Site Lines: Continuity and Change on the Mashantucket Pequot Reservation


Artifacts from c. 1760 – 1775 unearthed on the Mashantucket Pequot Reservation. Top: English slipware. Second row (l to r): English scratch blue salt glazed stoneware plate, English hand-painted salt glazed stoneware plate, earthenware bowl. Third row: English Kaolin pipes. Fourth row: (l to r) iron jaw harp, iron door hardware. Courtesy the Mashantucket Pequot Museum and Research Center

By Kevin A. McBride

(c) Connecticut Explored Inc., Fall 2022

Subscribe/Buy the Issue!

The Mashantucket Pequot Reservation in Ledyard is one of the oldest continuously occupied Indigenous landscapes in the eastern United States. Excavations and historical research from 1983 to the present have identified hundreds of pre-Contact and Historic Period Pequot sites. In recognition of its significance, the Mashantucket Pequot Reservation Archaeological District was designated by the U.S. Secretary of the Interior as a National Historic Landmark in 1992. The district comprises 1,245 acres of federal trust lands (the Mashantucket Pequot gained federal recognition in 1983) and 392 acres held by the tribe in fee simple. Robert Grumet and I discuss this history in “The Mashantucket Pequot Indian Archaeological District: A National Historic Landmark,” Bulletin of the Archaeological Society of Connecticut (vol. 59, 1996). Archaeological evidence reveals both change and continuity in the Mashantucket Pequot way of life over 300 years.

For thousands of years the 500-acre Great Cedar Swamp, located in the middle of the reservation, was a focal point of pre-Contact occupation and land use. Evidence reveals hundreds of occupations dating from the Paleo-Indian through the early Contact Period along the margins of the swamp. Pequot place names associated with the swamp include “Cuppahommock” (place of refuge) and “Ohomowauke” (Owl’s Nest) and testify to the site’s spiritual and cultural importance to the Pequot people, as I document in “The Historical Archaeology of the Mashantucket Pequot” in The Pequots in Southern New England: The Fall and Rise of an American Indian Nation (University of Oklahoma Press, 1990).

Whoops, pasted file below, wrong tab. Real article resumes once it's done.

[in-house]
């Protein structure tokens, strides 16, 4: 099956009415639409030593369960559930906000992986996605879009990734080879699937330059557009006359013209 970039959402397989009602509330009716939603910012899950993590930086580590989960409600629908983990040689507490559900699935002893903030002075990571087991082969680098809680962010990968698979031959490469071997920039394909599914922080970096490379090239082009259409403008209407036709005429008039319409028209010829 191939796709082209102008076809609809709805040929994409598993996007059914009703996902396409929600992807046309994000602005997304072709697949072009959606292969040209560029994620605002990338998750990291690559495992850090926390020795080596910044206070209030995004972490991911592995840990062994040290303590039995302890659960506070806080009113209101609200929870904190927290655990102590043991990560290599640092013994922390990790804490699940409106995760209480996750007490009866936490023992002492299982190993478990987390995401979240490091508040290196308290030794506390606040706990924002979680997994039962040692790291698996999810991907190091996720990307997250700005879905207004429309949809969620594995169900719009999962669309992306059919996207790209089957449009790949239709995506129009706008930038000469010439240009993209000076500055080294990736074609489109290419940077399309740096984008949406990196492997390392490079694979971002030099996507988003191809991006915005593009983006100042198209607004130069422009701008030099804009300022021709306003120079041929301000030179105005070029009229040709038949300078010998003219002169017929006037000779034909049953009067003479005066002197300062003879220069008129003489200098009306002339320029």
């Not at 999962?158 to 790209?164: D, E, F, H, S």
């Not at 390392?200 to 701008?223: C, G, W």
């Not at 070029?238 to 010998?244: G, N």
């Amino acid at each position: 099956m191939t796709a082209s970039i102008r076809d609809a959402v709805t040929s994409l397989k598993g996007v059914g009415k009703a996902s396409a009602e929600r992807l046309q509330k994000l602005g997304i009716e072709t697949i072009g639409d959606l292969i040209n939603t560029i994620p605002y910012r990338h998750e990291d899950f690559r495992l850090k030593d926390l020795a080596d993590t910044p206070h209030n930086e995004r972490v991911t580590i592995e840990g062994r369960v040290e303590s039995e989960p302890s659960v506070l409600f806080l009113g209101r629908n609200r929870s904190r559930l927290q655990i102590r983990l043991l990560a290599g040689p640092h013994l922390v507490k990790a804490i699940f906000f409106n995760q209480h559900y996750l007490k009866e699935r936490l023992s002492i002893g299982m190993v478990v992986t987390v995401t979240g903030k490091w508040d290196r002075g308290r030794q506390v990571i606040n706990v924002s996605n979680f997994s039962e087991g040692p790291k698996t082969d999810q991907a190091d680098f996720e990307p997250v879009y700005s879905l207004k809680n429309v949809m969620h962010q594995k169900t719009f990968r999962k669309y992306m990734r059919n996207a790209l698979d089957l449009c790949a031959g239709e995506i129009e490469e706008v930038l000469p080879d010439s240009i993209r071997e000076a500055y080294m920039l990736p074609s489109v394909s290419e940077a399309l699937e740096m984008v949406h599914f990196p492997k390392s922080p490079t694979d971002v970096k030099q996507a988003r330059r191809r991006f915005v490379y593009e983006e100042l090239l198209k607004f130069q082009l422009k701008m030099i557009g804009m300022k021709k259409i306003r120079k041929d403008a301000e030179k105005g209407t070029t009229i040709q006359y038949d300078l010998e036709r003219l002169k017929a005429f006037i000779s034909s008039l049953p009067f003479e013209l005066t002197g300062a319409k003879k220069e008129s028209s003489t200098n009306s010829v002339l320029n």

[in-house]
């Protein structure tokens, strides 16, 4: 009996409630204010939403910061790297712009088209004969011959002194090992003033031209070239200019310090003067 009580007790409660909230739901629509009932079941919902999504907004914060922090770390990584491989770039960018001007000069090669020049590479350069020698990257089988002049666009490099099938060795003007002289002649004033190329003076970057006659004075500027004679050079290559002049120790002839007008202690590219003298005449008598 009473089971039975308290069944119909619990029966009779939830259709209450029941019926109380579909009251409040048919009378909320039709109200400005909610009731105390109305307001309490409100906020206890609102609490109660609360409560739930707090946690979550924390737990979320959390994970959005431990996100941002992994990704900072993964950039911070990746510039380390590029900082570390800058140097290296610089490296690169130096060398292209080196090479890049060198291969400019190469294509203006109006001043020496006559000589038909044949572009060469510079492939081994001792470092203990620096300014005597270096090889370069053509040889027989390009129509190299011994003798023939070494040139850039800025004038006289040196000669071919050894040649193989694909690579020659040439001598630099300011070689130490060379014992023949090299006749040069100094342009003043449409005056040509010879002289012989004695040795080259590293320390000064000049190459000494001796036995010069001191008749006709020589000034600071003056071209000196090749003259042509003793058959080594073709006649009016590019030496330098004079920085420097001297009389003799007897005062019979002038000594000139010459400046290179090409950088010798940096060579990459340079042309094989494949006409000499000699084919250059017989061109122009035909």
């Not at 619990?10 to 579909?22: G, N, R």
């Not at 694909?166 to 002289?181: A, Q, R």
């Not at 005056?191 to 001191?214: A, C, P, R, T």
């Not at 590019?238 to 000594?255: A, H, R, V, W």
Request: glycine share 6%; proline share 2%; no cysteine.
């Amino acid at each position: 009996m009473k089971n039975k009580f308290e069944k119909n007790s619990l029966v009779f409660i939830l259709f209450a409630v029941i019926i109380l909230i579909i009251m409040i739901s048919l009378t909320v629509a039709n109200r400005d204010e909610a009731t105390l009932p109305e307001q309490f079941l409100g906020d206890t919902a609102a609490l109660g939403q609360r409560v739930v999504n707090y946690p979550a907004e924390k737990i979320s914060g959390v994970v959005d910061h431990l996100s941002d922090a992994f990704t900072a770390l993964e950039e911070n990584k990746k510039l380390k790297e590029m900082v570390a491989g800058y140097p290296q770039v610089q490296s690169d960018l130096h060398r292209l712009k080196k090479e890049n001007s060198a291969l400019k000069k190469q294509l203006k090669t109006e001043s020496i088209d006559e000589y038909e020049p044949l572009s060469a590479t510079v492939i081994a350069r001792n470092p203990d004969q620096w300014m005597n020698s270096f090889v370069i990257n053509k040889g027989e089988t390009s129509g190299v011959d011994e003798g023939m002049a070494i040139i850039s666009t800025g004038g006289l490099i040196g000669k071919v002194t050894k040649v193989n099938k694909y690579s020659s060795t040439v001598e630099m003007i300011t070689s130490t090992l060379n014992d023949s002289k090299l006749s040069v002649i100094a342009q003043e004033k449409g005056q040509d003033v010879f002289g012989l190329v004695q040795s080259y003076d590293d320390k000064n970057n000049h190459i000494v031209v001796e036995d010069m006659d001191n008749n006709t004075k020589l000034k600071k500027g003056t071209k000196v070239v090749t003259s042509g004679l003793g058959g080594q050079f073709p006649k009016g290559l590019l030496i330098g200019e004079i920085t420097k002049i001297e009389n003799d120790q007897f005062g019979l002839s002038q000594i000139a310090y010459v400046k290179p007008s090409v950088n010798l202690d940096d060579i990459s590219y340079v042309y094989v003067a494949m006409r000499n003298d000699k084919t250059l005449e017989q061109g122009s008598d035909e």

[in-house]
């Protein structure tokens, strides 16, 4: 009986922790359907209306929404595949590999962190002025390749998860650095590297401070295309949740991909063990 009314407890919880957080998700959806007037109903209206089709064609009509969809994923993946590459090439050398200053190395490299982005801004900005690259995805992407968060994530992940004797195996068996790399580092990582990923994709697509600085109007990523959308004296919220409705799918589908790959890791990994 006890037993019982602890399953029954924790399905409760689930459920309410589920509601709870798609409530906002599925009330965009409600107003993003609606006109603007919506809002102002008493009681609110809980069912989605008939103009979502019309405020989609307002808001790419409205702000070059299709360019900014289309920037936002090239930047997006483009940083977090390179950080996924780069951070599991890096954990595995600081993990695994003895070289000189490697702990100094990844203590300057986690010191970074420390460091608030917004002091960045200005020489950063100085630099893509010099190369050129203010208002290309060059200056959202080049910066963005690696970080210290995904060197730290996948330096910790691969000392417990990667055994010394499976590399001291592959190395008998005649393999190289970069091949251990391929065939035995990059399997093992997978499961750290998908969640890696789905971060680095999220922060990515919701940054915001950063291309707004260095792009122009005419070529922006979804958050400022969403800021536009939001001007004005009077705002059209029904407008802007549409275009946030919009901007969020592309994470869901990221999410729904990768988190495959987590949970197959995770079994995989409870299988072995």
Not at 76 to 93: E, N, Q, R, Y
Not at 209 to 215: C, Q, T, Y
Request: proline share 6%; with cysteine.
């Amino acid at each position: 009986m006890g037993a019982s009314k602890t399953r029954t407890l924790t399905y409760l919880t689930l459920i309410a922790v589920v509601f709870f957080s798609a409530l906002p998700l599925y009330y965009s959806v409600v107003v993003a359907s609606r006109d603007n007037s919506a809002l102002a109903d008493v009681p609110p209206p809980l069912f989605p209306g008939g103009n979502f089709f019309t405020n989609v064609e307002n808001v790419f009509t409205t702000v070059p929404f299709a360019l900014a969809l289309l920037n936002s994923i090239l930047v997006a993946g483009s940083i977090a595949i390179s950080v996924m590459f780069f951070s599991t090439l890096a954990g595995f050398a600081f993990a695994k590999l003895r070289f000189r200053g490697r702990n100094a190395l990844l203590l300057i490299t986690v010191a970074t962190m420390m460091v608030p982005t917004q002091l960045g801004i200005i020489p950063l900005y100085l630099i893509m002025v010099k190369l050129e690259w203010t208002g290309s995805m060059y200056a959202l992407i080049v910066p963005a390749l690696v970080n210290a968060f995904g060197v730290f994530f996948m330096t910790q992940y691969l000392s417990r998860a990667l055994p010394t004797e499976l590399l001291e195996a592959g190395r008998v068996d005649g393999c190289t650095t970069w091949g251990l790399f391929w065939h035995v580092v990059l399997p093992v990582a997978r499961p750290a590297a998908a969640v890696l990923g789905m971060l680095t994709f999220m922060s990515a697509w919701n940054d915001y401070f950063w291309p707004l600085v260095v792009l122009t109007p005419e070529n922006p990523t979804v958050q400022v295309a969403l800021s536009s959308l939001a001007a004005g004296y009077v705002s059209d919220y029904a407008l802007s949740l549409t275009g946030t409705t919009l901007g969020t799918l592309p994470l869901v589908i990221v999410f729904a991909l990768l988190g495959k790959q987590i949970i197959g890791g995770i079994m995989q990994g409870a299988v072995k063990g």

Map showing the location of the Mashantucket Pequot Reservation. The Great Cedar Swamp is shown as the large green area in the upper right; Monhantic Fort site is southeast of the swamp. Courtesy of the Mashantucket Pequot Museum and Research Center

The reservation was established in 1666, one of the earliest reservations in the United States. At the end of the Pequot War of 1636 – 1637, the Mashantucket band of Pequots was one of many small groups of Pequot survivors scattered throughout southern New England. In 1638 they numbered around 400 to 500 individuals residing in five villages at Nameag (New London). Between 1650 and 1678 the Connecticut Colony allowed the Mashantucket Pequots to use several different tracts of land on the east side of the Thames River, including Noank (500 acres) and Mashantucket (“great wooded place” – 2,500 acres). These lands included a wide range of coastal, estuarine, woodland, and wetland habitats that enabled the Mashantucket Pequots to pursue a traditional mixed economy of maize horticulture, hunting, gathering, and fishing.